Replacement Cost vs Actual Cash Value
There is a very clear distinction between these terms. Actual cash value (ACV) refers to a policy that covers items for their value at the time they are lost or stolen. This means depreciation will be deducted from the current value. Replacement cost refers to the cost to replace the item, regardless of how old or outdated it may be.
Most replacement cost policies require you to carry limits to meet a certain percentage of the replacement value (normally 80%) at all times. If you fail to carry the correct amount of insurance coverage, you may be responsible for a percentage of a partial loss.
Both types of contracts are available in Florida. You should refer to your own contract to determine how your loss may be settled
Coverage for the structure of your home
Your homeowners policy pays to repair or rebuild your home if it is damaged or destroyed by fire, hurricane, hail, lightning or other disasters listed in your policy. Most policies also cover detached structures such as a garage, tool shed or gazebo—generally for about 10 percent of the amount of insurance you have on the structure of the house.
A standard policy will not pay for damage caused by a flood, earthquake or routine wear and tear.
When purchasing coverage for the structure of your home, remember this simple guideline: Purchase enough coverage to rebuild your home.
Coverage for your personal belongings
Your furniture, clothes, sports equipment and other personal items are covered if they are stolen or destroyed by fire, hurricane or other insured disasters. The coverage is generally 50 to 70 percent of the insurance you have on the structure of the house.
The best way to determine if this is enough coverage is to conduct a home inventory.
Personal belongings coverage includes items stored off-premises—this means you are covered anywhere in the world. Some companies limit the amount to 10 percent of the amount of insurance you have for your possessions. You also have up to $500 of coverage for unauthorized use of your credit cards.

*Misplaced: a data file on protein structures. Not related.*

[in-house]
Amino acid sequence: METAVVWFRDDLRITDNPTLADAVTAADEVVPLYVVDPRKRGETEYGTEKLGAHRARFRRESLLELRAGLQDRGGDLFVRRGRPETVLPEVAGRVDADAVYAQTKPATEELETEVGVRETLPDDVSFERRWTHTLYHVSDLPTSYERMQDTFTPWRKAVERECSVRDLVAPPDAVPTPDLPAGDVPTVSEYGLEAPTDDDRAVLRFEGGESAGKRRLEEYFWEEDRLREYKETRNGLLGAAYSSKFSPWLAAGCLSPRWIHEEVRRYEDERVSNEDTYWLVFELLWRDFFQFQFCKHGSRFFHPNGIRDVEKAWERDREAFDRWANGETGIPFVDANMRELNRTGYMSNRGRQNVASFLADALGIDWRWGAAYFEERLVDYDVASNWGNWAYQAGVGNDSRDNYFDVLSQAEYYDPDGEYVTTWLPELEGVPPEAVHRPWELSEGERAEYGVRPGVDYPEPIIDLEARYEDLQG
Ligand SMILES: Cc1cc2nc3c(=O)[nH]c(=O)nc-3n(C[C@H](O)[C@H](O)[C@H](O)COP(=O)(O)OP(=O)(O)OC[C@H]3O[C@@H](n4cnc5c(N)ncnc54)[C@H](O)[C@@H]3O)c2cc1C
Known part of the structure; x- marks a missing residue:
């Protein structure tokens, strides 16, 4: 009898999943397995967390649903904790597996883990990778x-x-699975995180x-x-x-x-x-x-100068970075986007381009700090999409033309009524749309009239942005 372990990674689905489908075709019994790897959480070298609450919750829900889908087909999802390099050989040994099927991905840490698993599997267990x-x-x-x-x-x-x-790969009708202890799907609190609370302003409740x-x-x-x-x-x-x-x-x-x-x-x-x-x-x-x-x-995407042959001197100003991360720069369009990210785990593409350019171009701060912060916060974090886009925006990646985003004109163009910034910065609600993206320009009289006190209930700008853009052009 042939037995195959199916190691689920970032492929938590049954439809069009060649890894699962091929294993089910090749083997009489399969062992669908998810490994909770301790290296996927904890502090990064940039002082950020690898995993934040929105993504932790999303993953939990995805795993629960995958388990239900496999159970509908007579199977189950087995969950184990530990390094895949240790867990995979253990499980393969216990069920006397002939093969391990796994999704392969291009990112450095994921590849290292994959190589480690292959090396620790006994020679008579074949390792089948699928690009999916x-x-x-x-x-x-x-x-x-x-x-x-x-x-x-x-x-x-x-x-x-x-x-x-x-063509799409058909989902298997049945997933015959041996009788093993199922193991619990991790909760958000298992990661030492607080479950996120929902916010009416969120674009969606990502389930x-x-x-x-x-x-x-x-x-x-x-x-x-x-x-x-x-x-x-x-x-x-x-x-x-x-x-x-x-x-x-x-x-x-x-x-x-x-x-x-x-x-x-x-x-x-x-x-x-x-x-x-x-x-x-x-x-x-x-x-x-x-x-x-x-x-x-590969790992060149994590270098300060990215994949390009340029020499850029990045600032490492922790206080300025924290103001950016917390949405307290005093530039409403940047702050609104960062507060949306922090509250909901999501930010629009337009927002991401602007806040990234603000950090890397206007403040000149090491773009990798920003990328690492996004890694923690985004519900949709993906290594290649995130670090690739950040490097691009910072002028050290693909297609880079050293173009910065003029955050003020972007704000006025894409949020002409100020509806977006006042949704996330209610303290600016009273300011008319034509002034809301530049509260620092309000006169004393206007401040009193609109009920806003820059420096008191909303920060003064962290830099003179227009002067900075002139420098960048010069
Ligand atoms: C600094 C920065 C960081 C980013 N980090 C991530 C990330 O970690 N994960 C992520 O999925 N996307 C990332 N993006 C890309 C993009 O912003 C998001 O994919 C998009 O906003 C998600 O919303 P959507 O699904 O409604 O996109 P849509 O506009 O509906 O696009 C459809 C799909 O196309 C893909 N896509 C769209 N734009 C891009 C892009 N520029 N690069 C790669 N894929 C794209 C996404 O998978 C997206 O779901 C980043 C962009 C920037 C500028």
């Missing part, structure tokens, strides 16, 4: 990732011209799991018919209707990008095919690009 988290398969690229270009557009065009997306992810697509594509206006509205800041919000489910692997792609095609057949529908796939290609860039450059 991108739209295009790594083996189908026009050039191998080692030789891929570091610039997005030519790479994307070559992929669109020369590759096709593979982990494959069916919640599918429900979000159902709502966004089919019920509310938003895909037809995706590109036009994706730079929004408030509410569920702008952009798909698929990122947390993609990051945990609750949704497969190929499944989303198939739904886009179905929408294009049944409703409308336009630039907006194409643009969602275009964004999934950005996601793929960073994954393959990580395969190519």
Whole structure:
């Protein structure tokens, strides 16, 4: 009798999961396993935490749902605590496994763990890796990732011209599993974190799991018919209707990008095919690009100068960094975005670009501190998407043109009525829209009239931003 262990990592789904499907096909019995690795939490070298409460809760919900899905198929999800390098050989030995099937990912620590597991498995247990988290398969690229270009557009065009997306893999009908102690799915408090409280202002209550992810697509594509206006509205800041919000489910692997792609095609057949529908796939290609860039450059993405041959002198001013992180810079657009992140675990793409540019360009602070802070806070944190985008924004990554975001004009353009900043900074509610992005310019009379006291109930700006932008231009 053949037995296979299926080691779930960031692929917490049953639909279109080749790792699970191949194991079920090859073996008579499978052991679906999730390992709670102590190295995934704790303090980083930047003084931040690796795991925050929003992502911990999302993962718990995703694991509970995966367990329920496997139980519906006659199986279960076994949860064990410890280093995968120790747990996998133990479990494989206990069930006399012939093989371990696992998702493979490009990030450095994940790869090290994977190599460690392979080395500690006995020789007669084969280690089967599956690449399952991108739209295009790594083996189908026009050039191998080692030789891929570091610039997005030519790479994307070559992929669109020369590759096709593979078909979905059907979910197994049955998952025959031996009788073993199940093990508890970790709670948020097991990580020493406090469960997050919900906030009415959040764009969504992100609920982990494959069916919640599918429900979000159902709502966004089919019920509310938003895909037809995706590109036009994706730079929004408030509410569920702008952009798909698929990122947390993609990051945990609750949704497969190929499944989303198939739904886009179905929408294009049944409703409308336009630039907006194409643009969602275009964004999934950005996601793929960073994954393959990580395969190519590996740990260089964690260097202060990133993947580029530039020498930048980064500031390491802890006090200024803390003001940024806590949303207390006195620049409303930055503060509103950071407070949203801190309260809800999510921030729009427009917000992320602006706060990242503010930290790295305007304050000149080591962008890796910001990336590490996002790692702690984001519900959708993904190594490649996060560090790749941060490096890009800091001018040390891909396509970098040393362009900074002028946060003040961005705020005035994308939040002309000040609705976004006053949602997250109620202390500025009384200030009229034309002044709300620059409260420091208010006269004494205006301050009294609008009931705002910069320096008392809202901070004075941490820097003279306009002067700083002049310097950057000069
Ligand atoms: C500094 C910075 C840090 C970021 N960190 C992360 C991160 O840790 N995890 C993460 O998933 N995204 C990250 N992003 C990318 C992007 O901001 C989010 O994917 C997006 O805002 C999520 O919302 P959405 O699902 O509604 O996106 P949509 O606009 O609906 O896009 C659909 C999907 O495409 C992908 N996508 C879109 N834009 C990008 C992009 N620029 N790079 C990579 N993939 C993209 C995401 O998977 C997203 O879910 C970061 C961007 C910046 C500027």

Expensive items like jewelry, furs, art, collectibles and silverware are covered, but there are usually dollar limits if they are stolen. To insure these items to their full value, purchase a special personal property endorsement or floater and insure the item for its officially appraised value.
Trees, plants and shrubs are also covered under standard homeowners insurance—generally for about $500 per item. Trees and plants are not covered for disease, or if they have been poorly maintained.
Additional living expenses (ALE)
ALE pays the additional costs of living away from home if you cannot live there due to damage from an insured disaster. It covers hotel bills, restaurant meals and other costs, over and above your usual living expenses, incurred while your home is being rebuilt.
Keep in mind that the ALE coverage in your homeowners policy has limits—and some policies include a time limitation. However, these limits are separate from the amount available to rebuild or repair your home. Even if you use up your ALE your insurance company will still pay the full cost of rebuilding your home up to the policy limit.
If you rent out part of your house, ALE also covers you for the rent that you would have collected from your tenant if your home had not been destroyed.
There are many other different types of homeowners insurance policies available. Normally, the type of policy coincides with the type of structure to be insured and how the structure is occupied. The type of policy also correlates to the coverage available as well.
Owner-Occupied: The main difference between policies which cover an owner-occupied, single family home is the perils covered. Basic or Broad Form policies (HO-1, HO-2) cover the structure for specified perils shown in the policy. Special form policies (HO-3) cover the structure for all perils except those specifically excluded in the policy.